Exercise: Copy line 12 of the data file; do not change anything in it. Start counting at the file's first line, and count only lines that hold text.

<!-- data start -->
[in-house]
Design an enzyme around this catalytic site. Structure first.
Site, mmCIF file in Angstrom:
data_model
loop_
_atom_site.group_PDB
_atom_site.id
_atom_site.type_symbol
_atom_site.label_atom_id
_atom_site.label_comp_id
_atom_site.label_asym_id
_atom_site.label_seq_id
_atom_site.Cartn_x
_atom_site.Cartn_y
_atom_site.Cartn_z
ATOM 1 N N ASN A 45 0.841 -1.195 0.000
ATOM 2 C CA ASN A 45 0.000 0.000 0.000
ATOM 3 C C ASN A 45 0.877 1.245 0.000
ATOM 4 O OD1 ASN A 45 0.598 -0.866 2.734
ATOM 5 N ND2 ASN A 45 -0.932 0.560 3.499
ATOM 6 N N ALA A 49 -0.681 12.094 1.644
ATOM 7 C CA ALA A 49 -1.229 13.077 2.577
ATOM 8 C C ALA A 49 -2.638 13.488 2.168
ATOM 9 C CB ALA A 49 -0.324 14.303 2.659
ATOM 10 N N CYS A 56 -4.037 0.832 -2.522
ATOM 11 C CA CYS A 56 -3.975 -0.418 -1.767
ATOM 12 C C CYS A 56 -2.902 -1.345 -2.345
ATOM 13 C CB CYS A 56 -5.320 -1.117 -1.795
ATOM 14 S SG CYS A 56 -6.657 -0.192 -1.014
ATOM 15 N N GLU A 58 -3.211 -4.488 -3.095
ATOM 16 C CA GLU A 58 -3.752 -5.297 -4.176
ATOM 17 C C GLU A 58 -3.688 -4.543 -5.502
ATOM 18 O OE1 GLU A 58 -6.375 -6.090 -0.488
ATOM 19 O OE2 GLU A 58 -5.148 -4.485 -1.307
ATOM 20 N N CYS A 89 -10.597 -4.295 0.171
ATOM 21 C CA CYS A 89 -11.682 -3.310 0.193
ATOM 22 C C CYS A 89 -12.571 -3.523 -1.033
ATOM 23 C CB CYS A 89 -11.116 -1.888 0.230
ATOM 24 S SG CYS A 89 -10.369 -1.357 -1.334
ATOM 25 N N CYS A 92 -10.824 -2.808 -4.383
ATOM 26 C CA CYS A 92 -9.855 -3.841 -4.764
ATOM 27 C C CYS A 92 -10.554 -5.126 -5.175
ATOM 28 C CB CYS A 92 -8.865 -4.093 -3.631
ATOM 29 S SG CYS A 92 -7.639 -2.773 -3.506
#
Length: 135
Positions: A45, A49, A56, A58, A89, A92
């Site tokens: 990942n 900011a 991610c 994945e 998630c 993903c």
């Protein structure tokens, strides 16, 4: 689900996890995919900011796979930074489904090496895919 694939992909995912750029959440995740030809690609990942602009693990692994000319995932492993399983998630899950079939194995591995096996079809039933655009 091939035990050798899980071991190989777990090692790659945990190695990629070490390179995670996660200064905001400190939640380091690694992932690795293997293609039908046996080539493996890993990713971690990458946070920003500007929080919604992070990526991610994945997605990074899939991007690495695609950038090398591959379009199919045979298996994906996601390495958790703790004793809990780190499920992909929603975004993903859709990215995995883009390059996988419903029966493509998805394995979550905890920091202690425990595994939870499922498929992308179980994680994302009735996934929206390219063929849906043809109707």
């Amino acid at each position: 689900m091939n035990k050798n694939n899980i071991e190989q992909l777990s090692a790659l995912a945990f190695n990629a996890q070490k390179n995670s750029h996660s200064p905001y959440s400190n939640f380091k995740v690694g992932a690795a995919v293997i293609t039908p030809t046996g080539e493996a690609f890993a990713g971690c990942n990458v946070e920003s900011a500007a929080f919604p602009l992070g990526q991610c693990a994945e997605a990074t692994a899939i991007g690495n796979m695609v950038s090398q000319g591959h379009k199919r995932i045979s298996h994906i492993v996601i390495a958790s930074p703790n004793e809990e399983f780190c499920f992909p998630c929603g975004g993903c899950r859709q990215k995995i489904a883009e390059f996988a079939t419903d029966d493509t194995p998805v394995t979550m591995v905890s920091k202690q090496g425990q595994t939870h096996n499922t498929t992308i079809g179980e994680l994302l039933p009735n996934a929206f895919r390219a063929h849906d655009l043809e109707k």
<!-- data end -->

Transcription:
_atom_site.label_seq_id